Health
Nigeria warns against complacency in Ebola fight
Publish Date: Aug 28, 2014
Nigeria warns against complacency in Ebola fight
A man reads a poster raising awareness on the Ebola virus reading "the risk of Ebola is still there. Let us apply the protective measures together" in Abidjian, Ivory Coast
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ABUJA - Nigeria's health minister has warned against complacency in the country's fight against Ebola, despite only one patient remaining in hospital with the virus.

Onyebuchi Chukwu announced on Tuesday that two more people had been released from isolation, taking the total number of patients to have been successfully treated to seven. Five people have died in Nigeria since July 25.

But the minister cautioned against congratulatory headlines that suggested the virus had been eradicated in Africa's most populous nation and reports that parties had been thrown to celebrate.

Instead, he said the country was "doing well on containment", likening the situation to trapping a wild animal in a cage.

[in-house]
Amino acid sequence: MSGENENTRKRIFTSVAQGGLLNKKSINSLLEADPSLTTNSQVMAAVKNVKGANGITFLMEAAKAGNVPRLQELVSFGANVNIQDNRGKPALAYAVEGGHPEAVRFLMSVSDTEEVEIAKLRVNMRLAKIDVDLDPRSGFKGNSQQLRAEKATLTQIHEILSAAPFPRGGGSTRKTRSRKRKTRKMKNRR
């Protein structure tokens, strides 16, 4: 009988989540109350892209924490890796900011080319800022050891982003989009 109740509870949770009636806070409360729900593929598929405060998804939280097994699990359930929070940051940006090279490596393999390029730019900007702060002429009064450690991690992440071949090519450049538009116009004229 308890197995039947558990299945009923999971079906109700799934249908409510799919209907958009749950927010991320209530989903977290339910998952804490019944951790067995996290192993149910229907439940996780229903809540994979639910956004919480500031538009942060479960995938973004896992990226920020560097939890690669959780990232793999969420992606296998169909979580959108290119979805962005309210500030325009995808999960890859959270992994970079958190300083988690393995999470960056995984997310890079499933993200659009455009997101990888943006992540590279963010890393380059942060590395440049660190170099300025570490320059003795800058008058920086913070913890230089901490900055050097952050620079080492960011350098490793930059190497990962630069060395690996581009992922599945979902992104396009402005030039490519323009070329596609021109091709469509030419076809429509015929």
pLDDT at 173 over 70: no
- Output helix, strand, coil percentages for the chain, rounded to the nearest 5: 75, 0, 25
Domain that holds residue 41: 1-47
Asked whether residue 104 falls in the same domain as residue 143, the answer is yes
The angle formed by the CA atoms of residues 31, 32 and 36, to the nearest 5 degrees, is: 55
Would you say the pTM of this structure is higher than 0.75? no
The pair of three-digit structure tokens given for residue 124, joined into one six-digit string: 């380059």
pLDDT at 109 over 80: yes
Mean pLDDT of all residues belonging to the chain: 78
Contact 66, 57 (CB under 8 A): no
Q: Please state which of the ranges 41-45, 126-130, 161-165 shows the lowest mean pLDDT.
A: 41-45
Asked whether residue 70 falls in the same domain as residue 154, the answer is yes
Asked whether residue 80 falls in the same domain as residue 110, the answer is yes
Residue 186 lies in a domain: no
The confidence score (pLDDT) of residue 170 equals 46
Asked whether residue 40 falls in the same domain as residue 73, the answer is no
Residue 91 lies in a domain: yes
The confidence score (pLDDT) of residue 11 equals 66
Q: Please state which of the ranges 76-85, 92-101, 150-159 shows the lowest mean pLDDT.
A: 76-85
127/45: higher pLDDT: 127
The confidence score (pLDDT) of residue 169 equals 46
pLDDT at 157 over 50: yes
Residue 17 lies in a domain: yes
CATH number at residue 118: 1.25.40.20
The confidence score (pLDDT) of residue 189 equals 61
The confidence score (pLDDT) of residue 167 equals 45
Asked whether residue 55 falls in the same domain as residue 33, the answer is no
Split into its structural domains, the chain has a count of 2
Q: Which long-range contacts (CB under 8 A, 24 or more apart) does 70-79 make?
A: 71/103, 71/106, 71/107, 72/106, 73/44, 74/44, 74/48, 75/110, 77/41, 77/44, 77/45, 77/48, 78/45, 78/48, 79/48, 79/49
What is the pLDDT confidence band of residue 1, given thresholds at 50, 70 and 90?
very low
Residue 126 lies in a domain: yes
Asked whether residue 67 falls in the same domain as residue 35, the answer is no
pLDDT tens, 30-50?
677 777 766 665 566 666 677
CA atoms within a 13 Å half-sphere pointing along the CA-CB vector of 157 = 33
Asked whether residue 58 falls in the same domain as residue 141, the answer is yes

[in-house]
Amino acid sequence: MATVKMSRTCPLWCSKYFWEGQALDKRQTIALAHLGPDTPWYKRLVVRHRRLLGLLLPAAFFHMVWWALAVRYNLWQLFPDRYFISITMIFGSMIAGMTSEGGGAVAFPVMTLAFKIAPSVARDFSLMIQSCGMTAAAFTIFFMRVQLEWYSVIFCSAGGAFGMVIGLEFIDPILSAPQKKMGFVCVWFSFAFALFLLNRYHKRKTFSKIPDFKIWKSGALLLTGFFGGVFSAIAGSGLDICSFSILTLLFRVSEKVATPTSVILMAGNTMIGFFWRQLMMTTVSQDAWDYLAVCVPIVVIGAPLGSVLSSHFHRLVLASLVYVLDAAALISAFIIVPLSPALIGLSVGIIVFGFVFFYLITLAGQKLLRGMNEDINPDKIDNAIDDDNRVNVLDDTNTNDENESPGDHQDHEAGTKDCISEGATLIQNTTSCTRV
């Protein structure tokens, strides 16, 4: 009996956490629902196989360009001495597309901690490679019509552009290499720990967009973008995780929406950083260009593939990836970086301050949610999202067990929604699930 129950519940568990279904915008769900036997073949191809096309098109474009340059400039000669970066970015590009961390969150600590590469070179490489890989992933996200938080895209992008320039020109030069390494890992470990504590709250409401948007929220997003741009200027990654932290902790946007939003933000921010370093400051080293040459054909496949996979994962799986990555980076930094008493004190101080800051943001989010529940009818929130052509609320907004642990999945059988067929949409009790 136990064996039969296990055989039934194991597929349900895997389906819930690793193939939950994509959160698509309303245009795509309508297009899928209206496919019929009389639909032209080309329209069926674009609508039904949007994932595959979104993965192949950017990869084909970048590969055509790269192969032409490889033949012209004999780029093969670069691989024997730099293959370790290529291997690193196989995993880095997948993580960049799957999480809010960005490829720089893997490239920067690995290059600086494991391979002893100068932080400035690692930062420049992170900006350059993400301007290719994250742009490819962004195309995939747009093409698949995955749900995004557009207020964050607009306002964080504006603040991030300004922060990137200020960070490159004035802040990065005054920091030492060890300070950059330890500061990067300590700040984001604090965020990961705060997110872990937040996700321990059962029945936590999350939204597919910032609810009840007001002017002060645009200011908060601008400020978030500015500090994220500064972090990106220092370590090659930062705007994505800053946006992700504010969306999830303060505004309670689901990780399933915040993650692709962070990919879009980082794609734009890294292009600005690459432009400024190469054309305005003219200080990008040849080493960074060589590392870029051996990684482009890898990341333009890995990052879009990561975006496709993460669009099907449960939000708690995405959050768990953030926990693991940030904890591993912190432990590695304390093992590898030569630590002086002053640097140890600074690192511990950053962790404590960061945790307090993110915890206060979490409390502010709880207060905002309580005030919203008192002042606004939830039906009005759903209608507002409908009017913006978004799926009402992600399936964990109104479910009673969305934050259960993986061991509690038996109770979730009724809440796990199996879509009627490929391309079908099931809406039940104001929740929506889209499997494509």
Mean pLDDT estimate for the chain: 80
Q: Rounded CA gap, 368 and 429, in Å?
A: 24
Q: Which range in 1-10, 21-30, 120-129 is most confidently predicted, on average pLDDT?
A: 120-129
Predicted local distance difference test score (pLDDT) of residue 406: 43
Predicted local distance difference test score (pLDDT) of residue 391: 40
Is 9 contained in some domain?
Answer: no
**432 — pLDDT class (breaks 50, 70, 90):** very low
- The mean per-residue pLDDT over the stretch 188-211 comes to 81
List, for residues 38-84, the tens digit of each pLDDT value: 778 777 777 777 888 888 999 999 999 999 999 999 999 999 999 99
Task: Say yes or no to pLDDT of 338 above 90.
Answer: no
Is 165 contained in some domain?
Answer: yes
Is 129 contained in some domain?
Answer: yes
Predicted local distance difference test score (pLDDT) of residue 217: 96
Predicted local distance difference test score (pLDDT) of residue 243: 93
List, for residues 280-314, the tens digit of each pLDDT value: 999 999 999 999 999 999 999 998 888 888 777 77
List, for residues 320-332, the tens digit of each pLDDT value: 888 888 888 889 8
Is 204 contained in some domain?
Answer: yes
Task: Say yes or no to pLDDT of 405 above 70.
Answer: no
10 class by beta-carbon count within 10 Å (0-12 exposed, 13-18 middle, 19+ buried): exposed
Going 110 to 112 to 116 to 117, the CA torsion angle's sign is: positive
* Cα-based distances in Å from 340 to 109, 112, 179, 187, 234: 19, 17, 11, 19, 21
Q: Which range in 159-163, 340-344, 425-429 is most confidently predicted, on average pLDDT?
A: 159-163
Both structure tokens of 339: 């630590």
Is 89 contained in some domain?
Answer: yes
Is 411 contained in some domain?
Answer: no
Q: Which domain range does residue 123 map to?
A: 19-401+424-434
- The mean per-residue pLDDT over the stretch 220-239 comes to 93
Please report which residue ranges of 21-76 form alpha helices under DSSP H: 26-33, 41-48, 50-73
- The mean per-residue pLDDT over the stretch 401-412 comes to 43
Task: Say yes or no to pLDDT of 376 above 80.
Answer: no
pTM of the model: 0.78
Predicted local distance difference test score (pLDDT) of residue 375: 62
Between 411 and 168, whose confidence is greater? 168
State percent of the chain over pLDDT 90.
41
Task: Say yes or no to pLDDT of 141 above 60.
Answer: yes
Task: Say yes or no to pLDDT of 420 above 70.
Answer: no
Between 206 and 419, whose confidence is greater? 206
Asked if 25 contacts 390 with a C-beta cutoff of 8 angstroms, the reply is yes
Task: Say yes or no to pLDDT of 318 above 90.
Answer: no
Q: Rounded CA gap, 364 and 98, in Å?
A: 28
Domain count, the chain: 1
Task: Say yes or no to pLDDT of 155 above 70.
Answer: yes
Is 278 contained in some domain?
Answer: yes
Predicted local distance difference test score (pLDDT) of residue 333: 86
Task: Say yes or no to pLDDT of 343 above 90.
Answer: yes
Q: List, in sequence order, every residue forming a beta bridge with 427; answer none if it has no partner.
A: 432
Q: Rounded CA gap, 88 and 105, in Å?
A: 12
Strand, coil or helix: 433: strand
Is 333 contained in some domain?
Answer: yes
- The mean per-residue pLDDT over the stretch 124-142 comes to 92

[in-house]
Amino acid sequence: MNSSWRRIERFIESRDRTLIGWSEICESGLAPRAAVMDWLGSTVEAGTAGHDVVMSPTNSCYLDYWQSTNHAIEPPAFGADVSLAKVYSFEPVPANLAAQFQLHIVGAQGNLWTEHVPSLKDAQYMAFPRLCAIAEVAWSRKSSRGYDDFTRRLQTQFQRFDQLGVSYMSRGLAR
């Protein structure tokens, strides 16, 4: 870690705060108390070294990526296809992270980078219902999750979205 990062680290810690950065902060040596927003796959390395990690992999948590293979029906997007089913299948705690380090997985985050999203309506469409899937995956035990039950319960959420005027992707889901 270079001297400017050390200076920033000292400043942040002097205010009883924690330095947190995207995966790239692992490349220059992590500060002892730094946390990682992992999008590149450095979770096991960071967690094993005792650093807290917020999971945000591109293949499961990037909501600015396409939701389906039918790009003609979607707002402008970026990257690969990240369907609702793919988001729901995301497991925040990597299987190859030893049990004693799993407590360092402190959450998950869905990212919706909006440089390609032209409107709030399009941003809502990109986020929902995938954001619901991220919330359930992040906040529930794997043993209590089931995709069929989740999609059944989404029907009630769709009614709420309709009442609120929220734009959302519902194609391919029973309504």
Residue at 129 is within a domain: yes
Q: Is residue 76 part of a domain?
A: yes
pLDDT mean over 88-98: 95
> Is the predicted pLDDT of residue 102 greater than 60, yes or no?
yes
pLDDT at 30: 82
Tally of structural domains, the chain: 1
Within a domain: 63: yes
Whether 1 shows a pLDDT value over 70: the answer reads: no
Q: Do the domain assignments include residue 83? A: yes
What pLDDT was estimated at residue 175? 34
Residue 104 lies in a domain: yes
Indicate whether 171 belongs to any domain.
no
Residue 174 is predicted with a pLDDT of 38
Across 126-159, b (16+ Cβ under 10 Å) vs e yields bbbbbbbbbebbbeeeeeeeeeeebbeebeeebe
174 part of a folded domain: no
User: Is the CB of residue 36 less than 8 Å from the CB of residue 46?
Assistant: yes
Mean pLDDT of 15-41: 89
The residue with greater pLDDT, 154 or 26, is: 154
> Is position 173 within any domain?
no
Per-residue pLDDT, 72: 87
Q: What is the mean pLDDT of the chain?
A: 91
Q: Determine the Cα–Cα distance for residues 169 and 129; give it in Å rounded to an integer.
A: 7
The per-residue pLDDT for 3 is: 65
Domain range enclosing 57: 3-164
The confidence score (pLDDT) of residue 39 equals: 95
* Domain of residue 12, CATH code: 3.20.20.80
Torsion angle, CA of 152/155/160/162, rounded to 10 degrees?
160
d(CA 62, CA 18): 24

"Nigeria has been successful at containment. But have we eliminated the disease? No," he told reporters in Abuja.

The World Health Organization has said it was encouraged by the fact that all confirmed cases of Ebola in Nigeria had come from a single chain of transmission and there had been no incidences of the virus outside Lagos.
 


The Ebola virus has killed more than 1,000 people in West Africa. (AFP)


Chukwu, however, said that "nothing stops someone coming with a fresh case" and that the patient currently in hospital needed to be managed and any contacts they may have had kept under surveillance.

"Until we give a clean bill of health to every contact, we cannot say we have eliminated the disease," he added, warning that it was "still possible" to have several more confirmed cases.

"Even if... we have been able to discharge all contacts, as long there is one case of Ebola Virus Disease anywhere in the world and people are allowed to travel, every country in the world remains at risk."

He added: "We only stop being at risk when the very last case of Ebola Virus Disease under this current epidemic has gone."

Nigeria's Education Minister Ibrahim Shekarau announced on Tuesday that both public and private schools would remain closed until October 13 as a precaution against Ebola.

Students had been due to resume classes on September 15.

President Goodluck Jonathan had previously announced an extension to the summer break and Chukwu said he saw no contradiction in the measure as having large groups of children together could cause "problems".

AFP

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